Maurice Lloyd Miller, Sr., age 78 passed away Sunday, March 6, 2016 at his home in Batesville, IN. Born December 12, 1937 in Batesville, he was the son of Frederick & Edith (Doyle) Miller. He proudly served his country from 1961 – 1963 in the US Army. He was involved in the Cuban Missile Crisis and the Cold War.He was a 1955 graduate of New Point High School After moving to Batesville, he started working for Batesville Casket Co in 1955 and retired after 48 years in 2003. He married Velma Meadows on May 20, 1960 in Greensburg, IN and was a member of the Berean Baptist Church in Batesville. He loved spending time with his grandchildren and vacationing in Jekyll Island, Georgia.Maurice is survived by his loving wife Velma Miller, his daughter Melanie Roell (Bill) of Batesville and his sons Jerry Miller (Ceil) of Batesville, Mike Miller (Tonya) of Corbin, KY and Frederick Miller (Cheryl) of Batesville, IN. He will also be missed by his 21 grandchildren, 20 great grandchildren and his sister Janet Duval (Don) of Greensburg, IN. In addition to his parents, he was preceded in death by his son Maurice Miller Jr., a granddaughter and his brothers Keith & Alvin Miller.Visitation will be Tuesday, March 8, 2016 from 5-8pm at Meyers Funeral Home. Funeral Services will be Wednesday, March 9, 2016 at 10:00am at the funeral home with Pastor Kevin Couch officiating. Burial will take place immediately following services at South Park Cemetery in Greensburg, IN. Memorials are suggested to the Ripley County Humane Society or the National Parkinson’s Foundation c/o the funeral home.Online condolences at www.meyersfuneralhomes.com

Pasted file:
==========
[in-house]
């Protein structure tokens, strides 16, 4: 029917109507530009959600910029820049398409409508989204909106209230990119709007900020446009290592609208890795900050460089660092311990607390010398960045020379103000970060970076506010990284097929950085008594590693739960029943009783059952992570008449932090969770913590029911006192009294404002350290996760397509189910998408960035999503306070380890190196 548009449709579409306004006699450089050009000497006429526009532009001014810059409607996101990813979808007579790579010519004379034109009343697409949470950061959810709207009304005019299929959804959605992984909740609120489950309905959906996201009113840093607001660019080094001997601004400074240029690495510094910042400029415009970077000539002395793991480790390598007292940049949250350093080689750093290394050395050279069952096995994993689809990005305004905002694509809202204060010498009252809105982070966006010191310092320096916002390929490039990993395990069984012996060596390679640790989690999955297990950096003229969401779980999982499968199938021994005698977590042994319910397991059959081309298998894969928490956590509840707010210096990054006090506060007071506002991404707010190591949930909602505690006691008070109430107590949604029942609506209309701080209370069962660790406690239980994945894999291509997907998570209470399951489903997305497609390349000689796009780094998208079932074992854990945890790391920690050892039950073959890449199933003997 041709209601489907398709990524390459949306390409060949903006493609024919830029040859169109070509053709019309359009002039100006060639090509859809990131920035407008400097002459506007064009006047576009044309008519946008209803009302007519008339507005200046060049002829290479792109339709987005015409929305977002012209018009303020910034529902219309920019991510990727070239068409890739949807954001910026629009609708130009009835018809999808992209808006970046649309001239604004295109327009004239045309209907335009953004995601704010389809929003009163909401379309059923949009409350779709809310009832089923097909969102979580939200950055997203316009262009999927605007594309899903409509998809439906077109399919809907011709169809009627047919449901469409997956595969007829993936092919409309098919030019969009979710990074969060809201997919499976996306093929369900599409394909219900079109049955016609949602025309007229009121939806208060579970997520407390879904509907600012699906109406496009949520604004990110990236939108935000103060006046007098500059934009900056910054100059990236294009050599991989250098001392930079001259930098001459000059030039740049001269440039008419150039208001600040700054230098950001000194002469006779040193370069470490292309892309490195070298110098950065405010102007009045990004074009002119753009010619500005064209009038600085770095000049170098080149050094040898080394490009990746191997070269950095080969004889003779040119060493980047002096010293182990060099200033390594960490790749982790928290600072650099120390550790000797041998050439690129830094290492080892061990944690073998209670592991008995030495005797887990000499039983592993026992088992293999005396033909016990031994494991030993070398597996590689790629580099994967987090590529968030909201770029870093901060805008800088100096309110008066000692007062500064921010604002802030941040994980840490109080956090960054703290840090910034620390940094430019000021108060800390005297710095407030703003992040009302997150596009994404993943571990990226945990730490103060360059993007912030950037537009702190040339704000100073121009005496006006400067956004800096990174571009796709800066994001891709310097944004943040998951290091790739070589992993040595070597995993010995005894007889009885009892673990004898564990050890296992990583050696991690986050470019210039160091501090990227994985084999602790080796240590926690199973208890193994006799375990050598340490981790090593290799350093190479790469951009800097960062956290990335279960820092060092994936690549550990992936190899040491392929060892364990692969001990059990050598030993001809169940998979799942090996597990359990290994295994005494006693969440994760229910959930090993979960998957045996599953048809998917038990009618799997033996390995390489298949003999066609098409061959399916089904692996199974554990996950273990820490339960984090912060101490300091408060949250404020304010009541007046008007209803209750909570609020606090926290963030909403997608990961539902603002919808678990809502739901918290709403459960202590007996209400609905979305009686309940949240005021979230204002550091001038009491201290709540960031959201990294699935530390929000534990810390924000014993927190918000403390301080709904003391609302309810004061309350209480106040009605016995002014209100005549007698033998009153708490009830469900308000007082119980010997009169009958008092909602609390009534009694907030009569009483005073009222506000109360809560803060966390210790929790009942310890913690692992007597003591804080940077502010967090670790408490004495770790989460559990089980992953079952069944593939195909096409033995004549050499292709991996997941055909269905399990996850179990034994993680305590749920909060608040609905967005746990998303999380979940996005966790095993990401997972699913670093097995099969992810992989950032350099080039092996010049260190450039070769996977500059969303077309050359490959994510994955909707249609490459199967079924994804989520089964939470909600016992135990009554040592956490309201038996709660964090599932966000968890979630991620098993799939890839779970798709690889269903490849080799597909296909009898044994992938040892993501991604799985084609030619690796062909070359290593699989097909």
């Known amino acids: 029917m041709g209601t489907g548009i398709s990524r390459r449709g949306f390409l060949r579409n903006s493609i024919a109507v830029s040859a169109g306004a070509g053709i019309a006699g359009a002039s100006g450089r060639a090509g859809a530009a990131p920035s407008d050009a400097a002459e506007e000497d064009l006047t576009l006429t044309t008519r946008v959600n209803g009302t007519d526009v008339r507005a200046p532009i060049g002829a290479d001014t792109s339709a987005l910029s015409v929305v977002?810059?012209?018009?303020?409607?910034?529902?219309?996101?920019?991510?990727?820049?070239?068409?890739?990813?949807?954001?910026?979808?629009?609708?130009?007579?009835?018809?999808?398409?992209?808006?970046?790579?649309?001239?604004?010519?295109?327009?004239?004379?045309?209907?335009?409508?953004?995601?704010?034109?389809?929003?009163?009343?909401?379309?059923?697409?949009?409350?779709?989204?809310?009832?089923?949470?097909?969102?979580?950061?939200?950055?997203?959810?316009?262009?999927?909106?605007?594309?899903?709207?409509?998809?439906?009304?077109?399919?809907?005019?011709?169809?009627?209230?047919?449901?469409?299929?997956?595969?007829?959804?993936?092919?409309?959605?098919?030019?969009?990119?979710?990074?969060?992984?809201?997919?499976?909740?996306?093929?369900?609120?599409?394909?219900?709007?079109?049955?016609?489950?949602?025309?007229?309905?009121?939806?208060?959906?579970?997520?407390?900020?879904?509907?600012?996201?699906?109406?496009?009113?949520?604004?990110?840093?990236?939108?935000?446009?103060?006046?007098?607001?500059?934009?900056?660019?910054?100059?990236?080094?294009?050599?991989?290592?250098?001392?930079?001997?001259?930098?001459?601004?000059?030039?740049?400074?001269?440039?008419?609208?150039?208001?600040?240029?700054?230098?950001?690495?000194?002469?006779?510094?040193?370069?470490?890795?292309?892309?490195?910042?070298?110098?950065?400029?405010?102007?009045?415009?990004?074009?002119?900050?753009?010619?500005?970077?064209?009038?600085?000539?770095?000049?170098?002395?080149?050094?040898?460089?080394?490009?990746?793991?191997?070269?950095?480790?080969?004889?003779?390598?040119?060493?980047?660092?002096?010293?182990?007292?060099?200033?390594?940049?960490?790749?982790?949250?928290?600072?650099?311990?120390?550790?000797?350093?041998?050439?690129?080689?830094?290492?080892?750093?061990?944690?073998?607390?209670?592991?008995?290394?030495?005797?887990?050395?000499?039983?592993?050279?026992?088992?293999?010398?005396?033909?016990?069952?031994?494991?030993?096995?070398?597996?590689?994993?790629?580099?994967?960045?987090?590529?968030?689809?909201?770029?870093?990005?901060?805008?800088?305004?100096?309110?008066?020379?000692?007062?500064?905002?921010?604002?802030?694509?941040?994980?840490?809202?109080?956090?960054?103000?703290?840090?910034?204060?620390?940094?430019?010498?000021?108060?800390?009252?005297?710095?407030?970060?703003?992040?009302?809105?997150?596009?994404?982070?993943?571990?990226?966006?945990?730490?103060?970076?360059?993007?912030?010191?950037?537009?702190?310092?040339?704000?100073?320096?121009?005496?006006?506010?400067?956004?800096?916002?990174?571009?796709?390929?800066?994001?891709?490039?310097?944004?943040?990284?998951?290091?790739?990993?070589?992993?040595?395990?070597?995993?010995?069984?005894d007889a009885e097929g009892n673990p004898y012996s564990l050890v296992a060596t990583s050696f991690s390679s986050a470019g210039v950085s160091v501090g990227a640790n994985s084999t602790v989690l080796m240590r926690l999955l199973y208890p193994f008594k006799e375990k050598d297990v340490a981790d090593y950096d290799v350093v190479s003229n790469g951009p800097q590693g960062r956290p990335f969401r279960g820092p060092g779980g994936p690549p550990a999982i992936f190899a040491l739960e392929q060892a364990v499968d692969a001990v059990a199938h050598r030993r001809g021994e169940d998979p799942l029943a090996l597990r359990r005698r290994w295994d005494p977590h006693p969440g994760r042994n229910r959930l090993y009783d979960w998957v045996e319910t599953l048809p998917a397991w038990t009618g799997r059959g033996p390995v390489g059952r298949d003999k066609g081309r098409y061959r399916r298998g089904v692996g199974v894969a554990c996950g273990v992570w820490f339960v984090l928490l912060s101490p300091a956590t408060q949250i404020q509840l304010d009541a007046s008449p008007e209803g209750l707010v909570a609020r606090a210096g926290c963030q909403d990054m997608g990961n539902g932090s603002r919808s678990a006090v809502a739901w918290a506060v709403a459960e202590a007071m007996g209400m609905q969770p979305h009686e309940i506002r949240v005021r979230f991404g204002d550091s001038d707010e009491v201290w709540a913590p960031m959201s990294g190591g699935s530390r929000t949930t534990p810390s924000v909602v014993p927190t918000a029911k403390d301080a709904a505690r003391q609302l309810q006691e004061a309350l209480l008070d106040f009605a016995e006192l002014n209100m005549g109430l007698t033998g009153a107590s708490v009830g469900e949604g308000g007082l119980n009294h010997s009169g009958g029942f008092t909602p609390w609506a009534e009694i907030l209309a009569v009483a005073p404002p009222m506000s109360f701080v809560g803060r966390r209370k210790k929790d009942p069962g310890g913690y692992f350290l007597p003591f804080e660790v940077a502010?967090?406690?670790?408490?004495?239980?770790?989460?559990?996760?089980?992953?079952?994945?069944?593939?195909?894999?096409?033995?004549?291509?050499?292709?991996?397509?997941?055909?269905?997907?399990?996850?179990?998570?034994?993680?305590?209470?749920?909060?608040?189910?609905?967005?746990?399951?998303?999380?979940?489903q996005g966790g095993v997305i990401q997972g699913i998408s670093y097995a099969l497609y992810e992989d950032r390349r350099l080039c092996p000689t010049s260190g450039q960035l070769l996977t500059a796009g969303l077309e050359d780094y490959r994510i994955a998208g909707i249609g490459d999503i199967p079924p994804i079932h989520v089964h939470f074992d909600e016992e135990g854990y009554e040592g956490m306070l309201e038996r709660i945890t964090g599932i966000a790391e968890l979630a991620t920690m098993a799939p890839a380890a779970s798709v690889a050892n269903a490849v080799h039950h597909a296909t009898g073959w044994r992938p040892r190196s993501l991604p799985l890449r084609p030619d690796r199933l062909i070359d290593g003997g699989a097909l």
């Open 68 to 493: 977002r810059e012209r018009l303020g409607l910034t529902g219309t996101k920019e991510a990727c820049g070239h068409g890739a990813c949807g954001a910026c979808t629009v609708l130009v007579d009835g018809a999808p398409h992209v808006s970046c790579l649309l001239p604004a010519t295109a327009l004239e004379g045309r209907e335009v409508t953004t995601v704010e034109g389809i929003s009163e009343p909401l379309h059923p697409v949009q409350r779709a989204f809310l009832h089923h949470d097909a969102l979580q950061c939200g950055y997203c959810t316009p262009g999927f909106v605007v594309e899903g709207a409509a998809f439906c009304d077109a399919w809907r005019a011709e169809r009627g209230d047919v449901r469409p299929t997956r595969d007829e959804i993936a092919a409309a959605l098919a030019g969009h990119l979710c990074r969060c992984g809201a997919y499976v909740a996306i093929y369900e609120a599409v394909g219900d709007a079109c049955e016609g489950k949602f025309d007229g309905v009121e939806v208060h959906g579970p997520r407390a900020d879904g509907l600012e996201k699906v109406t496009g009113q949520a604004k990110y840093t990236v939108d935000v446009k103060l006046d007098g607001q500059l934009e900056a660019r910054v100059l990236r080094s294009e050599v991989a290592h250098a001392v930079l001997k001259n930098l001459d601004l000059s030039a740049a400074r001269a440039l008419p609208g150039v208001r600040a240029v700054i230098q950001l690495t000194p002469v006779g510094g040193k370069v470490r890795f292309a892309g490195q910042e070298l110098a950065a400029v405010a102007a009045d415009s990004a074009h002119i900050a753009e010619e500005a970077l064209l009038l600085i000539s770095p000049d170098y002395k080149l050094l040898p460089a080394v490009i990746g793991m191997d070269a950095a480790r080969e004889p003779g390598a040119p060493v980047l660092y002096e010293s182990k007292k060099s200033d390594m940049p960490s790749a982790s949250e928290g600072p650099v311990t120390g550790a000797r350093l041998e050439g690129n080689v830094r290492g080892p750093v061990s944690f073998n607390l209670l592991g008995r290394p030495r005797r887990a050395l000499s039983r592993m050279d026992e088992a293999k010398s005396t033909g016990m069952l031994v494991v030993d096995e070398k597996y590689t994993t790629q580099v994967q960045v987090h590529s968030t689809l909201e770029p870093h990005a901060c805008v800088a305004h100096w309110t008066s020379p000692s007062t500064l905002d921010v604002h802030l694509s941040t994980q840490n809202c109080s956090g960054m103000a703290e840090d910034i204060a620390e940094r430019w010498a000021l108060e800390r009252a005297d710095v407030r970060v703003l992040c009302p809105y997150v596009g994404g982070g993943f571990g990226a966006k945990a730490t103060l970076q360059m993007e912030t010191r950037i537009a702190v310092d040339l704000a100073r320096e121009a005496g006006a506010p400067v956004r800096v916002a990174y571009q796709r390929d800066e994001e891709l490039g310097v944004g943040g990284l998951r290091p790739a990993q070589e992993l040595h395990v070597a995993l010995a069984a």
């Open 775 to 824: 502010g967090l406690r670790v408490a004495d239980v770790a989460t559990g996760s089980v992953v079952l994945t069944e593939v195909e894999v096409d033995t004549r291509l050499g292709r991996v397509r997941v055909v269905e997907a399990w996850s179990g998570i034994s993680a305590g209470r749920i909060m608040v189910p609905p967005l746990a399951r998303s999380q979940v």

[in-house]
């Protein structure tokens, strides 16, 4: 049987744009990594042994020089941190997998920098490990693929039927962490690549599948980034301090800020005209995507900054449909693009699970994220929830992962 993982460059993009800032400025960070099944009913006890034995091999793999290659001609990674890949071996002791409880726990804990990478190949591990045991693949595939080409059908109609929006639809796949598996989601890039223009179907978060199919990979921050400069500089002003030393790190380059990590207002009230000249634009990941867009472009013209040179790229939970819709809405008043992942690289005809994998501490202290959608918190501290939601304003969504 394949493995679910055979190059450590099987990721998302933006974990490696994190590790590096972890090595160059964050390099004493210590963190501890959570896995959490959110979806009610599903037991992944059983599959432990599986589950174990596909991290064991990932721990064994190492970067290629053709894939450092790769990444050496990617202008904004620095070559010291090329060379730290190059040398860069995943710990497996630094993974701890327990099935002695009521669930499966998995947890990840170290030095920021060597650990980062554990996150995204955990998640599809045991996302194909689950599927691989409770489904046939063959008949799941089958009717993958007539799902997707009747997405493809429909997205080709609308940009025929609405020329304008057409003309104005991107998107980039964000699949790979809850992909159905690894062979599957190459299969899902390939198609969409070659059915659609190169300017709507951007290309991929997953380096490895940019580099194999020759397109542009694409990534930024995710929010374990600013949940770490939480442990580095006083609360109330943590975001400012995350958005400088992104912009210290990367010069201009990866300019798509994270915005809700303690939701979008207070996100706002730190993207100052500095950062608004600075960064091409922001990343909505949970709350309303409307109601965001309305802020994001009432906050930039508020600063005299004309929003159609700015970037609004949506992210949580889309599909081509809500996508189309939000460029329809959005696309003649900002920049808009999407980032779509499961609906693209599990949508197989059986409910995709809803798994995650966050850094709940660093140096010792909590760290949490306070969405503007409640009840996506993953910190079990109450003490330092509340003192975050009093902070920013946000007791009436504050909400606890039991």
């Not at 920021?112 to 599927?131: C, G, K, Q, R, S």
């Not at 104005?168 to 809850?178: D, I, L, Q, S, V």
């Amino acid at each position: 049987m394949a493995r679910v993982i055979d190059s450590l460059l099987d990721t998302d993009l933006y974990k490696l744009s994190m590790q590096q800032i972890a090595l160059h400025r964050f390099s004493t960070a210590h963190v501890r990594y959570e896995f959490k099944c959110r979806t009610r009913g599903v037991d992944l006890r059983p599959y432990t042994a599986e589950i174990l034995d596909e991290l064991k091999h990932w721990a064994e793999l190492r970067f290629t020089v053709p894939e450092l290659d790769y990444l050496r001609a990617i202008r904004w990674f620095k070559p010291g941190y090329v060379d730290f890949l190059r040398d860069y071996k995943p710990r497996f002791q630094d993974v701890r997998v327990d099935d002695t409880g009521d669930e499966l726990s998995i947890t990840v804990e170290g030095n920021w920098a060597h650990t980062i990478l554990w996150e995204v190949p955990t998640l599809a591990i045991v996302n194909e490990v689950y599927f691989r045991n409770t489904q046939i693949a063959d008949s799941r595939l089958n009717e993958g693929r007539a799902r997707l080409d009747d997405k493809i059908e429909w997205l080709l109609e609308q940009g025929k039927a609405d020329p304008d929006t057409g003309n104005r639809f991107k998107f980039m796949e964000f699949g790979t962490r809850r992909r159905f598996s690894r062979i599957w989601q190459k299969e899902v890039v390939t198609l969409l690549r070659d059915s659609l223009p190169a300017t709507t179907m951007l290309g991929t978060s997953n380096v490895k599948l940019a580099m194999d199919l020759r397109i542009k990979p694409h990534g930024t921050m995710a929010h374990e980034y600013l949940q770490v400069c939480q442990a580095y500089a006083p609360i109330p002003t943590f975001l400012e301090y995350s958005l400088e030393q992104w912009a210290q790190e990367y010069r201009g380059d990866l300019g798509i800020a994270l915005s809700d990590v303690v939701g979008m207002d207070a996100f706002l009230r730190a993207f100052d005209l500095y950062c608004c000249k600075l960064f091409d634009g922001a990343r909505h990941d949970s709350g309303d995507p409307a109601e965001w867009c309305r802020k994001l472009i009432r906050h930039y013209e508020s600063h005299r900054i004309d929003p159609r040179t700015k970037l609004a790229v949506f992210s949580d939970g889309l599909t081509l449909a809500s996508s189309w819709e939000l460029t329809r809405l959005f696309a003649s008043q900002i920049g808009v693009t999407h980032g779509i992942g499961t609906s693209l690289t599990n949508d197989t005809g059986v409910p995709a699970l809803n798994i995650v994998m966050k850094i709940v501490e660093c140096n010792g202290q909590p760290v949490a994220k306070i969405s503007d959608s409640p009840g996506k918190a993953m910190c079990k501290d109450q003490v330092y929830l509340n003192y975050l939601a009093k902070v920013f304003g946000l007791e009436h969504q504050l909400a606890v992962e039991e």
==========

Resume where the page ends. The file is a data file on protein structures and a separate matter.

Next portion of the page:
By Edward AnschutzSTURGEON BAY, Wis. – Thunderhill Raceway will hold a drivers’ meeting on Friday, Dec, 13 at The Draft Haus Sports Bar beginning at 7 p.m. Promoter Woody Wodack will have Sonny’s Pizza on hand along with snacks. We are looking for everyone’s input as we plan to make 2014 the best season yet.Lots of big news regarding several track improvements and possible contingencies. We ask pit spots be paid before or at the meeting. Any pit stalls that remain unpaid or open will then go to a lottery of drivers who want to purchase them. Front row spots $100, with second and third rows being $50. The 2014 Street Stock rules will be up for discussion. Several other items will be addressed at the meeting include schedule, pit pass costs and general track rules. We hope to see you all there even if its just to have some great food and a few adult beverages.For GPS users the Draft Haus is located at 901 Egg Harbor Rd. Sturgeon Bay.Five divisions do battle every Saturday night through the summer. IMCA Xtreme Motor Sports Modifieds, IMCA Sunoco Stock Cars, Karl Chevrolet Northern SportMods, IMCA Sunoco Hobby Stocks and Street Stocks will compete on the 1/3rd-mile clay oval.For more information, please visit the track’s website at www.racethunderhill.comThunderhill is located at the John Miles Fair Park on Sturgeon Bay’s east side. Pit gates open at 3:30 p.m. and racing starts at 6 p.m. For your social media outlet like Thunderhill Raceway on Facebook and follow us on Twitter.